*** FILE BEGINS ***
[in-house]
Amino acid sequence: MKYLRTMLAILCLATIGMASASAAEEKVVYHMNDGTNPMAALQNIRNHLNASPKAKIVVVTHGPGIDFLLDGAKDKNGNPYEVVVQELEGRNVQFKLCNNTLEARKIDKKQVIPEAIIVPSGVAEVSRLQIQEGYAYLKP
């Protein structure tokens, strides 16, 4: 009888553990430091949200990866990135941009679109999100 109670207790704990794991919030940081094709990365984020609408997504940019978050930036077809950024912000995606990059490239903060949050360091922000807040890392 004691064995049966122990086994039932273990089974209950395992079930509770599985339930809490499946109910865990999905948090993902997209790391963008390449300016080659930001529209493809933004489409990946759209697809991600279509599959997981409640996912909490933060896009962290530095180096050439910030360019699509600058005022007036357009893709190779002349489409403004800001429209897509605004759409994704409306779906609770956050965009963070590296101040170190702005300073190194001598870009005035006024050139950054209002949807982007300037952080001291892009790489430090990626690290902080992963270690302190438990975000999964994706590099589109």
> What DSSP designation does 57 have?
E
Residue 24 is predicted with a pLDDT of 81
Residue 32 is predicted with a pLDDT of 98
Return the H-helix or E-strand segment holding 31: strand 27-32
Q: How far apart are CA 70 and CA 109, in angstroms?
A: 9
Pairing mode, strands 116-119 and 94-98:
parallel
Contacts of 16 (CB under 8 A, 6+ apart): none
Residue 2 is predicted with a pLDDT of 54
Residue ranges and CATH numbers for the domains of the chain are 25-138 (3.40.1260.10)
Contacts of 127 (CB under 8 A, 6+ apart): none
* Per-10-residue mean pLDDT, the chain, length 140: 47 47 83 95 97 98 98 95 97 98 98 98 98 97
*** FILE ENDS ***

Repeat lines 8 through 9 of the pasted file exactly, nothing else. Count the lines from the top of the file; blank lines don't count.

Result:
Return the H-helix or E-strand segment holding 31: strand 27-32
Q: How far apart are CA 70 and CA 109, in angstroms?